Tags » Northrop Frye

From "The Imaginative and the Imaginary"

Not only the most fascinating play of the period, but its greatest prose work (in England), has melancholy for its theme. Burton’s Anatomy of Melancholy…

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Arts And Culture

Carl Jung's Contribution to Psychoanalytic Theory

A philosopher, psychoanalyst and a disciple of Freud, CG Jung treated the human self as the totality of all psychic processes considering the Freudian concept of individual consciousness as incomplete and unnecessarily negative, Jung proposed a second and far deeper level of the unconscious, which he called… 189 more words

Literary Theory

William Blake: Prophet of a New Age, by David Cayley

Blake on the Move

For those in cars, planes and fast trains, here’s three excellent audio podcasts giving an overview to Blake’s life and works. The programmes include interviews with top Blake scholars such as Northrop Frye, Kathleen Raine and Gerald Bentley, and excellent readings from Blake’s own poetry and letters. 200 more words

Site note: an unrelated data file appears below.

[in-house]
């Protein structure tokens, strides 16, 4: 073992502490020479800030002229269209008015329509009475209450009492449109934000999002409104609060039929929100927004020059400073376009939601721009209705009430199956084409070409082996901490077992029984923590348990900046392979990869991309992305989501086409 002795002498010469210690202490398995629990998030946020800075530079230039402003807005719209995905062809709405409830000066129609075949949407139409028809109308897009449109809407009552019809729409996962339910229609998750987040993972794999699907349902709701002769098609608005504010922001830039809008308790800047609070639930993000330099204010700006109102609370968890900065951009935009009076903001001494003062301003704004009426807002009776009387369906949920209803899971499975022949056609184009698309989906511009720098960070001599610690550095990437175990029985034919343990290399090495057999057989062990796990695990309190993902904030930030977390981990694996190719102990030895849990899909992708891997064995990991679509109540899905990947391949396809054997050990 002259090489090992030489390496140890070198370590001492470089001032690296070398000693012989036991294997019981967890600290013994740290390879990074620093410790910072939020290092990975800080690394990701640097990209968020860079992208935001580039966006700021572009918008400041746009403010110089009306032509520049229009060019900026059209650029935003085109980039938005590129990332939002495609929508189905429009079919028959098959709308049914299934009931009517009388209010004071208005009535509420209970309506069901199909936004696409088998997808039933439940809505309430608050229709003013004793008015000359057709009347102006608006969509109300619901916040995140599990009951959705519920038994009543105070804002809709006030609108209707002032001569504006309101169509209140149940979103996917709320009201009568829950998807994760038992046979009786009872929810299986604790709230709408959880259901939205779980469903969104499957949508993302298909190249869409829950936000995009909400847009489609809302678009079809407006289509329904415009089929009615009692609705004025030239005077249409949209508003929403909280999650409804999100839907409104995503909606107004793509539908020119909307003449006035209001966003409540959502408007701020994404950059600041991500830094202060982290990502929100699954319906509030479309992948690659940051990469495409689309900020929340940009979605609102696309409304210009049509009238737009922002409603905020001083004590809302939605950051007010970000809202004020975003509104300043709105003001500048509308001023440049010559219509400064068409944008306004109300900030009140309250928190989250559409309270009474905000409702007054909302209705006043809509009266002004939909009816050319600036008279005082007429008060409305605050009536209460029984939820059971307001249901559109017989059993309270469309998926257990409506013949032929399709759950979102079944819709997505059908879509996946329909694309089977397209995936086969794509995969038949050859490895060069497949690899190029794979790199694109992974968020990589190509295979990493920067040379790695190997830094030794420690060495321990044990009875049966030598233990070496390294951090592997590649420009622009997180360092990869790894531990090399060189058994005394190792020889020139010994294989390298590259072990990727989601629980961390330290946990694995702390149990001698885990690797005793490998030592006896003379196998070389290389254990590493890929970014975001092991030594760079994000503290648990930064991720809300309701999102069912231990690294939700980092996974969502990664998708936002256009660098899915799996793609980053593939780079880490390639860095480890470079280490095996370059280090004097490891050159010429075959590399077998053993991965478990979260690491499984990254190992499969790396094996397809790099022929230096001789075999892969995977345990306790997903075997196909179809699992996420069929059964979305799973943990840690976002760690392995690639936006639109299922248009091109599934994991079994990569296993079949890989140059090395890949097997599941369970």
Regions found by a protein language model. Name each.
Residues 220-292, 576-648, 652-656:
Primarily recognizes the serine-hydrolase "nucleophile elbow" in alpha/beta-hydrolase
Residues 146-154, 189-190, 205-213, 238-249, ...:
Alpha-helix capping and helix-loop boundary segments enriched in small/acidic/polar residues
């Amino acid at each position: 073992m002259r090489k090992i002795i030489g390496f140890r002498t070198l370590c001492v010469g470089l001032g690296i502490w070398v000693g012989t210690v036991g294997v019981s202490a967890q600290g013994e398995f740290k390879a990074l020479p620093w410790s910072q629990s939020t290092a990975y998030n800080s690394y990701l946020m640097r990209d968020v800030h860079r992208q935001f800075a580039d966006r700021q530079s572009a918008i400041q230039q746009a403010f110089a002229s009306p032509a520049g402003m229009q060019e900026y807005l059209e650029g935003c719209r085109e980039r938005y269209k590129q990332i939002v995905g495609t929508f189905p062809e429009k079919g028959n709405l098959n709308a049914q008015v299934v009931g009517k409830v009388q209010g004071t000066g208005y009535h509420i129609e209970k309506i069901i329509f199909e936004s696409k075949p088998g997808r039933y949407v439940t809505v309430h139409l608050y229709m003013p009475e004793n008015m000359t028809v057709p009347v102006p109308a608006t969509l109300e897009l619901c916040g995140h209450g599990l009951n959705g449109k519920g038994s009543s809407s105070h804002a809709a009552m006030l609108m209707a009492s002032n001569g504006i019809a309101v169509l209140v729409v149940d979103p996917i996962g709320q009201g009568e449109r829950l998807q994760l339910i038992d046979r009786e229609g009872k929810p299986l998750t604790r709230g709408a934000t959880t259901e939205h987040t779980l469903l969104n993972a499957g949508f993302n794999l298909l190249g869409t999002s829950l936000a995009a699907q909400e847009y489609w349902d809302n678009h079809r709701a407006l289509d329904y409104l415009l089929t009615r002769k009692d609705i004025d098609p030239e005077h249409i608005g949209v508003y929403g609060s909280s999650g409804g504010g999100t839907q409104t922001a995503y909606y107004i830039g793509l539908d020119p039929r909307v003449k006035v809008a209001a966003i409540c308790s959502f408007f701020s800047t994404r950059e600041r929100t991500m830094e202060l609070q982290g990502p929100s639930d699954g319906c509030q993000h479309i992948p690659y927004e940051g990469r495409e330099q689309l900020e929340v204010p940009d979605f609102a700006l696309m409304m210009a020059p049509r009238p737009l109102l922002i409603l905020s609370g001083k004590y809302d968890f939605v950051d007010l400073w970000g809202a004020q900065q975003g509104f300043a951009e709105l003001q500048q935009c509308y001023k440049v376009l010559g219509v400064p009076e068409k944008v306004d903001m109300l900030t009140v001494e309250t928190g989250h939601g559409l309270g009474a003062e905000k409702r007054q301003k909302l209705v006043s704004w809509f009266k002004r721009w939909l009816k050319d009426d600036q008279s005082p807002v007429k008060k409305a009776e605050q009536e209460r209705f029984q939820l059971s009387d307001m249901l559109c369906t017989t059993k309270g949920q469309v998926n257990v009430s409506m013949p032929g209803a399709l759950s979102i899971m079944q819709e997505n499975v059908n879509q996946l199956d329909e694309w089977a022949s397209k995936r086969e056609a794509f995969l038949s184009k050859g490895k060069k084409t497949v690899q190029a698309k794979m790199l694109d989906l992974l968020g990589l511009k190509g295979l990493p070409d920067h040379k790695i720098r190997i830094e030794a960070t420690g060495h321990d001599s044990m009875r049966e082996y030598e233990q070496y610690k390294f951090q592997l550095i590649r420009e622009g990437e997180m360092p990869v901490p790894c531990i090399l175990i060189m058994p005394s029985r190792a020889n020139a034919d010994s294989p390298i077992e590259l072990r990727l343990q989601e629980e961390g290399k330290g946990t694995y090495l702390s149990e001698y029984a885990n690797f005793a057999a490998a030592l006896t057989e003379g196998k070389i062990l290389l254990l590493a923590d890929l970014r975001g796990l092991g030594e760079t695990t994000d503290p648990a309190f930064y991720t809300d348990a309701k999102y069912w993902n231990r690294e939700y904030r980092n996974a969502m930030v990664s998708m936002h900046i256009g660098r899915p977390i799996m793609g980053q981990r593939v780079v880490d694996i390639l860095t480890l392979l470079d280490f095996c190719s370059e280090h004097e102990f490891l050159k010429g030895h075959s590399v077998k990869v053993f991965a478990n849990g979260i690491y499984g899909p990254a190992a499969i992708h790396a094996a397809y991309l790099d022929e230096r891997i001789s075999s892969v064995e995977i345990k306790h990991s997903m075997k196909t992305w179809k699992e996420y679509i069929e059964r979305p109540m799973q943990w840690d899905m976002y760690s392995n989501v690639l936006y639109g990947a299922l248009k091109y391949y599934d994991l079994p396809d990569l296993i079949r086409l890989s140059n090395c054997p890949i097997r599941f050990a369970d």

Blake and the Spiritual Body, by Northrop Frye

Awakening from the Material Body

The central idea of The Marriage of Heaven and Hell, to put it crudely, is that the unrest which has produced the French and American revolutions indicates that the end of the world might come at any time. 3,535 more words

Myth Criticism of Northrop Frye

Northrop Frye’s Anatomy of Criticism (1957) introduced the archetypal approach called Myth Criticism, combining the typological interpretation of the Bible and the conception of imagination prevalent in the writings of William Blake. 273 more words

Literary Theory

Midnight's Children: An Exercise in Shandyean Narratology

Midnight’s Children is a novel with many frameworks. There are stories within stories, characters within characters, and an overarching appeal in the opening pages to read Saleem’s unlikely story as a carefully-worked-out national allegory. 445 more words

Group 1

In Praise of Libraries

“A big library really has the gift of tongues &
vast potencies of telepathic communication.”

— Northrop Frye